Reginald Cheney was the Resident Agent in Charge of the DEA’s Cleveland office in 2004 when his security clearance was suspended. He was then suspended from his job on the basis of “allegations that [he] inappropriately queried or caused to be queried law enforcement data bases and abused the administrative subpoena process.” Despite his requests he was never given further details, making it impossible for him to refute the allegations. But his appeal to the Merit Systems Protection Board was rejected on the ground that he had been given an adequate opportunity to respond. We agreed to represent him before the Federal Circuit Court of Appeals to argue that the statutory and constitutional due process to which a civil servant is entitled when suspended without pay must include sufficient notice of the reasons so that he or she can make a meaningful response—even when the reason for the suspension is the suspension of a security clearance.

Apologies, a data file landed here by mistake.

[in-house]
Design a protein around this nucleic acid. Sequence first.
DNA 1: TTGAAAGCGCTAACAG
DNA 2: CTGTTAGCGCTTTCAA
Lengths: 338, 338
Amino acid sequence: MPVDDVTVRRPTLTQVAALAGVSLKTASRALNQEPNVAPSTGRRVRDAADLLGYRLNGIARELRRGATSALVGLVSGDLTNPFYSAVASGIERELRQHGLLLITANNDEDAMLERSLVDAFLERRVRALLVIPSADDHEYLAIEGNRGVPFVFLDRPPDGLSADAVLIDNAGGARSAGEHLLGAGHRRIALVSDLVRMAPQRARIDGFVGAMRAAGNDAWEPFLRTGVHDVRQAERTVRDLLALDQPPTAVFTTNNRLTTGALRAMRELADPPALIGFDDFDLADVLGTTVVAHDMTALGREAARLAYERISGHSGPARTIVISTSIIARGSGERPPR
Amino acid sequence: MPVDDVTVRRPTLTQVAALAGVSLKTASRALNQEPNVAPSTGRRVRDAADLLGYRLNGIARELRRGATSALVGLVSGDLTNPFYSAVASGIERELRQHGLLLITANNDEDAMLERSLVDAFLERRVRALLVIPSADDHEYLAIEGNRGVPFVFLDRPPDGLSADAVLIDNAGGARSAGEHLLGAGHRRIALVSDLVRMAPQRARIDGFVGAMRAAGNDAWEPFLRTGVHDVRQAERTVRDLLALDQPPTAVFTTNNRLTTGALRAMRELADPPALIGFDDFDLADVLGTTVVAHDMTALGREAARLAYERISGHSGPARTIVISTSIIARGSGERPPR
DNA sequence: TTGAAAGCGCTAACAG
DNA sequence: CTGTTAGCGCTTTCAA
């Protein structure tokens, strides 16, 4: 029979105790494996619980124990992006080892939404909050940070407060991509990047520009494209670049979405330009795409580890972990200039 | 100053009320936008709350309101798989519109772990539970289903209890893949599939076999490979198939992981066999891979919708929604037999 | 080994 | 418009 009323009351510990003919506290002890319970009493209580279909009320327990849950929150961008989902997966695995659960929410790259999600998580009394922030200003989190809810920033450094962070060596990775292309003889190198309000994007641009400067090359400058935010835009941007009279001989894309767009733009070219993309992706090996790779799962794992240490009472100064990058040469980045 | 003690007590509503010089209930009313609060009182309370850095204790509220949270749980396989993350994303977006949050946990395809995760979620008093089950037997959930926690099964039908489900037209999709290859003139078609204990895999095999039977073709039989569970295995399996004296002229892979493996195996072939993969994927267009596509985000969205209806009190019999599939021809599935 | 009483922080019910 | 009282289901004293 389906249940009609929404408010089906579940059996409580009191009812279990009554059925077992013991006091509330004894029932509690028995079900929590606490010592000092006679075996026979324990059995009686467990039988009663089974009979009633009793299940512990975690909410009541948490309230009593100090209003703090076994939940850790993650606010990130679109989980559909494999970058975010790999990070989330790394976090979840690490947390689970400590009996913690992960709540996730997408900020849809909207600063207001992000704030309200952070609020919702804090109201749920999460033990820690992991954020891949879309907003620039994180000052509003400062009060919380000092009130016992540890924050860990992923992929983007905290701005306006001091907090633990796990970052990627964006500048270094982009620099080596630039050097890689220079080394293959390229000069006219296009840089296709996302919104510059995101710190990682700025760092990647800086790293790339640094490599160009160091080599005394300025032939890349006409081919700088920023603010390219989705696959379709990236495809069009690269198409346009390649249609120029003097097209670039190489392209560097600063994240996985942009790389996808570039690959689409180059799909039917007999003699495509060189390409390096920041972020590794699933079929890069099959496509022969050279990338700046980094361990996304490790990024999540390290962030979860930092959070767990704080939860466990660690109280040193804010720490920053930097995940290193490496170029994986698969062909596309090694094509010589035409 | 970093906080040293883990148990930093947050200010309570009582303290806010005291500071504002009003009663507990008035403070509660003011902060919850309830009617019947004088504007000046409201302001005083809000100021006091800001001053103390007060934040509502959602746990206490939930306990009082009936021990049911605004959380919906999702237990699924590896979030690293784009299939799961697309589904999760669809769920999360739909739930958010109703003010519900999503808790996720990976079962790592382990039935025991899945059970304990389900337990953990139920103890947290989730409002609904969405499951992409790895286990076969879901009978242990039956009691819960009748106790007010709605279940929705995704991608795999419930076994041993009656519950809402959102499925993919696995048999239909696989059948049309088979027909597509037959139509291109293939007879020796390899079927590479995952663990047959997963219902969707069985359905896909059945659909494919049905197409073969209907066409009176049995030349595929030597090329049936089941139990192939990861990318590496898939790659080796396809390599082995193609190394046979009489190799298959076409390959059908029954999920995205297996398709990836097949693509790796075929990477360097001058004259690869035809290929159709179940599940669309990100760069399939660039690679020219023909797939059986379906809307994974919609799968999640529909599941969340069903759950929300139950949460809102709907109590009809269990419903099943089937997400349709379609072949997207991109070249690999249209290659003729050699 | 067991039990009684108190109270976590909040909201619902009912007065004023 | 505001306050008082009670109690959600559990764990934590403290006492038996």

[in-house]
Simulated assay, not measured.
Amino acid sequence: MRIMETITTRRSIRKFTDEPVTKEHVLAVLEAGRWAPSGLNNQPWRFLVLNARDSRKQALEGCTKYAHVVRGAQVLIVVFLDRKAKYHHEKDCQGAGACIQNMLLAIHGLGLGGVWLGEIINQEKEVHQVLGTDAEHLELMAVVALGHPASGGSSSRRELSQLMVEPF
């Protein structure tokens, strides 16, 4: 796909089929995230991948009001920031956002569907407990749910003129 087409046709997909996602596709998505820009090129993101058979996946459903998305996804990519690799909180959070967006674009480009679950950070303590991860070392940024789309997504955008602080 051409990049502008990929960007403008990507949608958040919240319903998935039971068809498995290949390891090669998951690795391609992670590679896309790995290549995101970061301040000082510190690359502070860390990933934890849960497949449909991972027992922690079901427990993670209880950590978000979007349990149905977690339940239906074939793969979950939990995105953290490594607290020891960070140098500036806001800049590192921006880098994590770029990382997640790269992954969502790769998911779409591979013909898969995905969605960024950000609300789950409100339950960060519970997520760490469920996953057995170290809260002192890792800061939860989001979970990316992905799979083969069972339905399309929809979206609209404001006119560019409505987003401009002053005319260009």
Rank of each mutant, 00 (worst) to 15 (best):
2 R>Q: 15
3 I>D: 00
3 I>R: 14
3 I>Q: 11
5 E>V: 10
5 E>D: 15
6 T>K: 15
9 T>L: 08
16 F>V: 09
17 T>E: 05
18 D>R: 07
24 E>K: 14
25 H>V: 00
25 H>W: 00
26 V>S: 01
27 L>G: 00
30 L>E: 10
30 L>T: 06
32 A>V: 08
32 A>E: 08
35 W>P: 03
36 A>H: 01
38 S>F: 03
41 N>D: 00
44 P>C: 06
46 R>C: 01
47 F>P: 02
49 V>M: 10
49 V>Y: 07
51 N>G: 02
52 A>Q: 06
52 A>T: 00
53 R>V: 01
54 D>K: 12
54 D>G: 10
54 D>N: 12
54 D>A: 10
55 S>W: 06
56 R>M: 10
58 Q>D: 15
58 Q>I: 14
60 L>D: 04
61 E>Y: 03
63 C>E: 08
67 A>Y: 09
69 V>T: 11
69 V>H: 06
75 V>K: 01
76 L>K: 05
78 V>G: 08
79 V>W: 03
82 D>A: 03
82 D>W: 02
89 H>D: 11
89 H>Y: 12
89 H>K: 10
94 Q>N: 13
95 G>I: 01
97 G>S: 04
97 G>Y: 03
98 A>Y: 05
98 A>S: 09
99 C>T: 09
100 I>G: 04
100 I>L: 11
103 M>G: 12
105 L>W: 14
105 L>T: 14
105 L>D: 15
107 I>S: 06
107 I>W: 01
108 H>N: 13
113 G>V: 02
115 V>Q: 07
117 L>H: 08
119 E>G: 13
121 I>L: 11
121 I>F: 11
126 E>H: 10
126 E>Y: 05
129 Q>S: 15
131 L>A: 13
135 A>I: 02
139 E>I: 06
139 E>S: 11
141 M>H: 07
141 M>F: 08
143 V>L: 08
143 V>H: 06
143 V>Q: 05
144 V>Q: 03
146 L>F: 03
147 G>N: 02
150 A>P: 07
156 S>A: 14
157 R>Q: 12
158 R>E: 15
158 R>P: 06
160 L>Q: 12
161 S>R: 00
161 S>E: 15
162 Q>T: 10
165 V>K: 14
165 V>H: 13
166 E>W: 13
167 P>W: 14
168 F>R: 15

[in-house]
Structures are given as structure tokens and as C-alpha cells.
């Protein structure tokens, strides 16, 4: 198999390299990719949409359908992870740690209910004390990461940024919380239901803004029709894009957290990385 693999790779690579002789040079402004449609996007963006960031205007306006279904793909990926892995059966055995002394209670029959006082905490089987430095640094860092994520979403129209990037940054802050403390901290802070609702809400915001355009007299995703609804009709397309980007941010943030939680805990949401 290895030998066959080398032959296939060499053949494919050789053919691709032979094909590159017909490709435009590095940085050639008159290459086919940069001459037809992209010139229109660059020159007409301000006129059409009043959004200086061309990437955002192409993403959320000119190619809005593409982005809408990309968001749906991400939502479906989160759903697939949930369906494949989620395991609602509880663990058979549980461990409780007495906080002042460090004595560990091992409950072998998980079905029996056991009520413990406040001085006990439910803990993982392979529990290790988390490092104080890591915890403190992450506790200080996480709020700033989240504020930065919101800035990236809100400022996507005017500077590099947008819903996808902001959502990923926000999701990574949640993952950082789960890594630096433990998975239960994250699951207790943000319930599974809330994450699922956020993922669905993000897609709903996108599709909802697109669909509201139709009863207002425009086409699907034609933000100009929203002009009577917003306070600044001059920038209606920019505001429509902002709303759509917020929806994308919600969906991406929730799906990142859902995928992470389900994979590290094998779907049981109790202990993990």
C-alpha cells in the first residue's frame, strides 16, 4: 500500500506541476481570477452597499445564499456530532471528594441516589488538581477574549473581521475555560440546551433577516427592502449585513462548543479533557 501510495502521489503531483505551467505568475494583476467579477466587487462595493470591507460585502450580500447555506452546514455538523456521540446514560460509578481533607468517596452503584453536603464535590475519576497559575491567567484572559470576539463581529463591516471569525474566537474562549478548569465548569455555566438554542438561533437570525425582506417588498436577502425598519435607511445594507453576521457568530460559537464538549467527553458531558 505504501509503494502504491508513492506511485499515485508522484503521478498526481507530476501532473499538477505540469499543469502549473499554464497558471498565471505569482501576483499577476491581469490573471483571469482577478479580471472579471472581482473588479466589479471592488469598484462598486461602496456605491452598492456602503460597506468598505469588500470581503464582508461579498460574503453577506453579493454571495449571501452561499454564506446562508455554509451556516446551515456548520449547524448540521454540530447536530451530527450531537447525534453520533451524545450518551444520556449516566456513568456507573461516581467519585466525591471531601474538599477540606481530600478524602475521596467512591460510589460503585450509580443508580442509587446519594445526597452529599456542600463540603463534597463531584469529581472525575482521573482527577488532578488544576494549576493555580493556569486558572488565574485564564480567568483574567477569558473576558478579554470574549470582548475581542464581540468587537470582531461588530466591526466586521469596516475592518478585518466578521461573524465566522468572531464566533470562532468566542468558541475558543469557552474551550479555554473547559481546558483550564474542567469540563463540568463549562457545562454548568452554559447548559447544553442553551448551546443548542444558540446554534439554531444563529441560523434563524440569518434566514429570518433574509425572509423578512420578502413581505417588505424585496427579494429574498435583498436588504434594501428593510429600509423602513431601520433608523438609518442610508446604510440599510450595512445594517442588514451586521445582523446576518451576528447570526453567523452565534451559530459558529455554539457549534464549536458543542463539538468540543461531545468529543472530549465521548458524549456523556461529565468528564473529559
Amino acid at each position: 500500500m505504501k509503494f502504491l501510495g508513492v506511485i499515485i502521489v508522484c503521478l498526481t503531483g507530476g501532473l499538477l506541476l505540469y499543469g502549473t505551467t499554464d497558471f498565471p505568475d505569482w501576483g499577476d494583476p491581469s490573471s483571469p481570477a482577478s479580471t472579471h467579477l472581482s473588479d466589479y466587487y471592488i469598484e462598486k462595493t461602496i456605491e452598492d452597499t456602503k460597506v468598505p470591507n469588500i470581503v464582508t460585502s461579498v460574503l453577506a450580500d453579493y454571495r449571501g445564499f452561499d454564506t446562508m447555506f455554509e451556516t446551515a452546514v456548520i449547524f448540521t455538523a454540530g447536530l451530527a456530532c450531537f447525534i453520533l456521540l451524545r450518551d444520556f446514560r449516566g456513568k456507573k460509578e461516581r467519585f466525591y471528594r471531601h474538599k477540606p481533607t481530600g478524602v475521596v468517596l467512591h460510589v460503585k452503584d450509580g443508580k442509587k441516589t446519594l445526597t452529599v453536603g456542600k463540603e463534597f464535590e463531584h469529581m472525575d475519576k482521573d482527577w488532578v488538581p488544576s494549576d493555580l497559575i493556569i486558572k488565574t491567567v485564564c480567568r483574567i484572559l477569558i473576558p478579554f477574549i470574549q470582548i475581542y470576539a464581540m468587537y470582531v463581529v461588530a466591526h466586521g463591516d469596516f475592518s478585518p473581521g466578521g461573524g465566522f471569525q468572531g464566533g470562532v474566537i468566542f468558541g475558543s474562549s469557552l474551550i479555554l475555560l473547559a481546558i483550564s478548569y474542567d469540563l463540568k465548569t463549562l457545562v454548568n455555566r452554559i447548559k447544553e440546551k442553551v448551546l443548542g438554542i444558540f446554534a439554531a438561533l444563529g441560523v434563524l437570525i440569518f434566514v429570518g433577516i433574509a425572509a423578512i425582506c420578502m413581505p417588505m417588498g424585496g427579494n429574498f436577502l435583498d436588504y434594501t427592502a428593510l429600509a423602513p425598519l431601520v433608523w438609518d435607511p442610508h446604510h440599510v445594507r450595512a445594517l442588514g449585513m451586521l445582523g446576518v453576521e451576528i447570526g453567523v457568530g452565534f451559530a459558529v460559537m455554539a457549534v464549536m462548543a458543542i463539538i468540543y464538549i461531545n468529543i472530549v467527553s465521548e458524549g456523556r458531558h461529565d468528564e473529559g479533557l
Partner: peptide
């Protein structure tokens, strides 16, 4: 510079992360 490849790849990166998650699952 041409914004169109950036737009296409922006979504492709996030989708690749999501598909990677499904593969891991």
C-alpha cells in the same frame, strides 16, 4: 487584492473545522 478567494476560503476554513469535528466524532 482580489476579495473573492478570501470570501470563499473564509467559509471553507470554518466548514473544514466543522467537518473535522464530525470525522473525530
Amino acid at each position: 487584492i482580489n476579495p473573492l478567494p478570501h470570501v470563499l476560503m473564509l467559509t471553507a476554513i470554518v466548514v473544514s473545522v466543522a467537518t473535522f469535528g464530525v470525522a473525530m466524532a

In March 2007 the court of appeals ruled that an employee “must be given enough information to enable him or her to make a meaningful response to the agency's proposed suspension,” that Mr. Cheney had not been given enough information to enable him to do so, and that he was therefore entitled to back pay. The government petitioned for rehearing en banc on the ground that the decision would interfere with the President’s ability to protect classified information. We showed that that was nonsense, and rehearing was denied.